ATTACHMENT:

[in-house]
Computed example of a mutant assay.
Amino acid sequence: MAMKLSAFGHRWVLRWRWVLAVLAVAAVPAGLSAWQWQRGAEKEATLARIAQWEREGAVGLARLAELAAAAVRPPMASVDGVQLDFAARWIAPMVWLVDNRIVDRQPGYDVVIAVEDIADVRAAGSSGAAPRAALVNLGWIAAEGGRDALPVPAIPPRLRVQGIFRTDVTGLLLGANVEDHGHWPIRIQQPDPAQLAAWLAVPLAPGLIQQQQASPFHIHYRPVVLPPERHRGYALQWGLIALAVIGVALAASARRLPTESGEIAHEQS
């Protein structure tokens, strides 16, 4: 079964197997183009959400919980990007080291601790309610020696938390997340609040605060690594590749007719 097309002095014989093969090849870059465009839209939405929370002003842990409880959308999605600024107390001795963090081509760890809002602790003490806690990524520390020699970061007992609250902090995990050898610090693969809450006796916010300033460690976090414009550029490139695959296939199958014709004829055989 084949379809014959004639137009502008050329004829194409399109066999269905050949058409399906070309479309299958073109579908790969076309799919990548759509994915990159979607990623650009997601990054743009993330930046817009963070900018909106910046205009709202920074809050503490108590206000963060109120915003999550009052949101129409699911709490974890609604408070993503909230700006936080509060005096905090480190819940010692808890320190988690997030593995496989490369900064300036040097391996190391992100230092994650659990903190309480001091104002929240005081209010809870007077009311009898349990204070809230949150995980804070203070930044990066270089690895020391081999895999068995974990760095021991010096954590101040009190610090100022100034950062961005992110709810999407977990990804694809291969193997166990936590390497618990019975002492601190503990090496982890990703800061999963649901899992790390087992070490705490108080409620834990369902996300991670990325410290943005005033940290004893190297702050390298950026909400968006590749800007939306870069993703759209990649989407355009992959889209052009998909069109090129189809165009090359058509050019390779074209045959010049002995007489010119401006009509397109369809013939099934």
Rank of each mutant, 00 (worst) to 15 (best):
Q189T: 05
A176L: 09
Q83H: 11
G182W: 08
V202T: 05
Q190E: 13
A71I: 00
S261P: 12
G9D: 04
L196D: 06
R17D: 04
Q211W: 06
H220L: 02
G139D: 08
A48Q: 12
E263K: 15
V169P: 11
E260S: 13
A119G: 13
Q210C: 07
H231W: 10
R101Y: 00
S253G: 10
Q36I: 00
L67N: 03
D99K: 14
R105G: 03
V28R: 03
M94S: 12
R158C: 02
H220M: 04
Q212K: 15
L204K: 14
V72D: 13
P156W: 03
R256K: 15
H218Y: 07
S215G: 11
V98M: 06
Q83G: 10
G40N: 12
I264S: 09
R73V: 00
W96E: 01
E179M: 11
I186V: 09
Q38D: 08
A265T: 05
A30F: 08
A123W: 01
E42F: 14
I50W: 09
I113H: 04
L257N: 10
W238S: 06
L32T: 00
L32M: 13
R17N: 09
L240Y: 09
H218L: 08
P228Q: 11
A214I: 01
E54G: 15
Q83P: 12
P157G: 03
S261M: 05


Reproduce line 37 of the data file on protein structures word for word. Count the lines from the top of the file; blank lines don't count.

Q212K: 15